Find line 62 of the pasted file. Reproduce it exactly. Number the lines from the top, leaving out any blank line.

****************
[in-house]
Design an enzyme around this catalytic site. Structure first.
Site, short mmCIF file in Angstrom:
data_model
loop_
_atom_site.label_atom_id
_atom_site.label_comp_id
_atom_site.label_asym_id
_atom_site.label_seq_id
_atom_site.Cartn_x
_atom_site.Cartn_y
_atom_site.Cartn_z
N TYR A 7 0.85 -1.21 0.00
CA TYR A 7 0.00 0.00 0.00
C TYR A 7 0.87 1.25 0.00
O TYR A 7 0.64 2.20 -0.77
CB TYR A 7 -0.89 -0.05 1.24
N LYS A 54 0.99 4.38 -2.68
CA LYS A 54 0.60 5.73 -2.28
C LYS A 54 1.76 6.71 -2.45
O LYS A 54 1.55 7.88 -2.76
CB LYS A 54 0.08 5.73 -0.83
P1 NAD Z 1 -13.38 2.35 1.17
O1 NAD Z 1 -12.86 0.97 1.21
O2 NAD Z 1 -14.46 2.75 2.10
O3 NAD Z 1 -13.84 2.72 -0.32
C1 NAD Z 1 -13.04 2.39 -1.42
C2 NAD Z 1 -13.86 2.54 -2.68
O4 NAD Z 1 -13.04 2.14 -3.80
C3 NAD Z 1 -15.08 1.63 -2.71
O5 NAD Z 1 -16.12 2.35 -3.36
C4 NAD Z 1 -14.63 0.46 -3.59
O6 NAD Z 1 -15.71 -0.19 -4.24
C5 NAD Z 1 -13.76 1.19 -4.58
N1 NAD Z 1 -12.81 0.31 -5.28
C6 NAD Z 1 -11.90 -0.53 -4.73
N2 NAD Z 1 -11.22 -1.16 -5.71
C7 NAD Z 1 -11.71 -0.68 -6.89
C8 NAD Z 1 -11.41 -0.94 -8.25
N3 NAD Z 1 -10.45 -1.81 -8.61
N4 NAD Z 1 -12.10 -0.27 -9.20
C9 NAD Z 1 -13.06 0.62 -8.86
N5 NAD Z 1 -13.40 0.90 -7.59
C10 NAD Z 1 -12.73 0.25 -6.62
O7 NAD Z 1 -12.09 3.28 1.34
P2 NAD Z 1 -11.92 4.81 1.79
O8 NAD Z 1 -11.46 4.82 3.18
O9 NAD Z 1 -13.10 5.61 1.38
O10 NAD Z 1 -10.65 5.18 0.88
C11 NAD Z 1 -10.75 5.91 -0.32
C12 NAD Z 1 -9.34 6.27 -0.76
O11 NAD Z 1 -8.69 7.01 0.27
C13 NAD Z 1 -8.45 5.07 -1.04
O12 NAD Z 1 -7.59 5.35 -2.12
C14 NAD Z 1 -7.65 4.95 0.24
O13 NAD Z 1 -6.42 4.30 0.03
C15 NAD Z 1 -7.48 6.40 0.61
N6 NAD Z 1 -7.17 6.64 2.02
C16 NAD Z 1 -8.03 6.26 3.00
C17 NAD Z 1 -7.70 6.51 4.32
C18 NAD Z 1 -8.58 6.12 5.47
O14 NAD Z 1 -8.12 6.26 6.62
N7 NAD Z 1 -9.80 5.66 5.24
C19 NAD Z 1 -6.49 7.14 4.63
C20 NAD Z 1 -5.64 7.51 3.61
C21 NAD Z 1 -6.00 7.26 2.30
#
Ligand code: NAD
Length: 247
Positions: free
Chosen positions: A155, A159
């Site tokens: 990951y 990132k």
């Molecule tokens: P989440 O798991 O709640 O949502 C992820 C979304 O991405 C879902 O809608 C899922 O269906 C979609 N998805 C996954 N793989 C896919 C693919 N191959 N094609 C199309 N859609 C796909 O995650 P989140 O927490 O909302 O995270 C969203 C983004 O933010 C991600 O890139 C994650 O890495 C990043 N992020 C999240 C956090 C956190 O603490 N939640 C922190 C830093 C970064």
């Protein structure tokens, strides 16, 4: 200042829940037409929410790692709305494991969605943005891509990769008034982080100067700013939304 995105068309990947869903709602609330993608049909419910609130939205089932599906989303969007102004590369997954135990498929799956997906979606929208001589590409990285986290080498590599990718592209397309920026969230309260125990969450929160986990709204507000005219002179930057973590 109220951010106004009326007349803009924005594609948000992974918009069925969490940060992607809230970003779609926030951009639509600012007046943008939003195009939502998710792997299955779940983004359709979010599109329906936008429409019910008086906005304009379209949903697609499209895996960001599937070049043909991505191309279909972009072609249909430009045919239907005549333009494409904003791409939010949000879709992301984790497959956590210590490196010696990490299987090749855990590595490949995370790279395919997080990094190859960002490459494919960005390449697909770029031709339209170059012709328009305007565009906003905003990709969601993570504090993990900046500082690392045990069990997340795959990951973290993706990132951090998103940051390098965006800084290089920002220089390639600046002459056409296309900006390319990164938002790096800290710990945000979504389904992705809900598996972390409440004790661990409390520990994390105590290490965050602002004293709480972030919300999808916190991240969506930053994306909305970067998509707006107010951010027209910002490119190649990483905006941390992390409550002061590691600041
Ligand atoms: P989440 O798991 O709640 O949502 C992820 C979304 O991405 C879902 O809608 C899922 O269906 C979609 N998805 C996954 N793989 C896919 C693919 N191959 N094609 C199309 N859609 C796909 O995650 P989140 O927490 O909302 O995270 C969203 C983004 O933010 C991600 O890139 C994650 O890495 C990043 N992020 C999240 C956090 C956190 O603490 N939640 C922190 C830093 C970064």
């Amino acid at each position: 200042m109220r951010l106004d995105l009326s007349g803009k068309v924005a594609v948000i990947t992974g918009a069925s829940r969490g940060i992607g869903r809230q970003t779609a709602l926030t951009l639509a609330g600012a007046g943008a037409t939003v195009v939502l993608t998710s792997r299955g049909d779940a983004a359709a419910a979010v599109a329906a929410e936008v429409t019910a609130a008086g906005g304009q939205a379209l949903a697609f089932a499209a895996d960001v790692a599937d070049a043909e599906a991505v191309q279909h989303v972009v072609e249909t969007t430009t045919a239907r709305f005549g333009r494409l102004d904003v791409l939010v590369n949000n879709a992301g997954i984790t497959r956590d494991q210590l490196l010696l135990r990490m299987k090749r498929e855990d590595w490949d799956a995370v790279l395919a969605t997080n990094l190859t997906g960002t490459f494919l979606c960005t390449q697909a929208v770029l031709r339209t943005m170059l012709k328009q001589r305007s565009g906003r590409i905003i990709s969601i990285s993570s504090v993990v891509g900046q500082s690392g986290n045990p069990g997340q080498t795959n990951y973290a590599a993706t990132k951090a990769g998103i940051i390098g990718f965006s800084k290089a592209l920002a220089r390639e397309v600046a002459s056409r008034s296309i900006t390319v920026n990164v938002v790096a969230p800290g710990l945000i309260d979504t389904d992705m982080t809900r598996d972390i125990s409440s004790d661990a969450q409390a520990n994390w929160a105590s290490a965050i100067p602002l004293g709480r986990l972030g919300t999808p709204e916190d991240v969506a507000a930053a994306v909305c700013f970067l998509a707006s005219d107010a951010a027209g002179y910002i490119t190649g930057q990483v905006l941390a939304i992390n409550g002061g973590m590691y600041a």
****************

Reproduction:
O14 NAD Z 1 -8.12 6.26 6.62